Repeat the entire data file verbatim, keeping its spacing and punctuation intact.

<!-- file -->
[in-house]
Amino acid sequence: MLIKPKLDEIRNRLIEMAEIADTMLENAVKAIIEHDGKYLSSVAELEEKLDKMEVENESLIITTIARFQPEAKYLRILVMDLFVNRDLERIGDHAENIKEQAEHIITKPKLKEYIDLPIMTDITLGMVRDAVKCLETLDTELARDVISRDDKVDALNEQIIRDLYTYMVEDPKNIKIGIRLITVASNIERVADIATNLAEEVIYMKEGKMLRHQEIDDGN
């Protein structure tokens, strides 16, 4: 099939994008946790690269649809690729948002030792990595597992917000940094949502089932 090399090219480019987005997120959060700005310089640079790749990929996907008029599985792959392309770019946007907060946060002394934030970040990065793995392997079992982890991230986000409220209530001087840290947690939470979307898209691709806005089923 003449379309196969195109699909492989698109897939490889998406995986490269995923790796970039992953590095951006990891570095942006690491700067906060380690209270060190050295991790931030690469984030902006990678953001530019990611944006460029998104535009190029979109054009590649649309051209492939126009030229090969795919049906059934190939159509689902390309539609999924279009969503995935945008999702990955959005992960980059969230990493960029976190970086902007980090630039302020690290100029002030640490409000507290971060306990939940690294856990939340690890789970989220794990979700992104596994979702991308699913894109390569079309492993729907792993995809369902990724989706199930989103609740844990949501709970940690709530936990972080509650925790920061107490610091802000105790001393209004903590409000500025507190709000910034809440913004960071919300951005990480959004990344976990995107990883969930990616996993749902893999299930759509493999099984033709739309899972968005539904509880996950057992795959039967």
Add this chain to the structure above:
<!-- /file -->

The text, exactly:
[in-house]
Amino acid sequence: MLIKPKLDEIRNRLIEMAEIADTMLENAVKAIIEHDGKYLSSVAELEEKLDKMEVENESLIITTIARFQPEAKYLRILVMDLFVNRDLERIGDHAENIKEQAEHIITKPKLKEYIDLPIMTDITLGMVRDAVKCLETLDTELARDVISRDDKVDALNEQIIRDLYTYMVEDPKNIKIGIRLITVASNIERVADIATNLAEEVIYMKEGKMLRHQEIDDGN
């Protein structure tokens, strides 16, 4: 099939994008946790690269649809690729948002030792990595597992917000940094949502089932 090399090219480019987005997120959060700005310089640079790749990929996907008029599985792959392309770019946007907060946060002394934030970040990065793995392997079992982890991230986000409220209530001087840290947690939470979307898209691709806005089923 003449379309196969195109699909492989698109897939490889998406995986490269995923790796970039992953590095951006990891570095942006690491700067906060380690209270060190050295991790931030690469984030902006990678953001530019990611944006460029998104535009190029979109054009590649649309051209492939126009030229090969795919049906059934190939159509689902390309539609999924279009969503995935945008999702990955959005992960980059969230990493960029976190970086902007980090630039302020690290100029002030640490409000507290971060306990939940690294856990939340690890789970989220794990979700992104596994979702991308699913894109390569079309492993729907792993995809369902990724989706199930989103609740844990949501709970940690709530936990972080509650925790920061107490610091802000105790001393209004903590409000500025507190709000910034809440913004960071919300951005990480959004990344976990995107990883969930990616996993749902893999299930759509493999099984033709739309899972968005539904509880996950057992795959039967």
Add this chain to the structure above: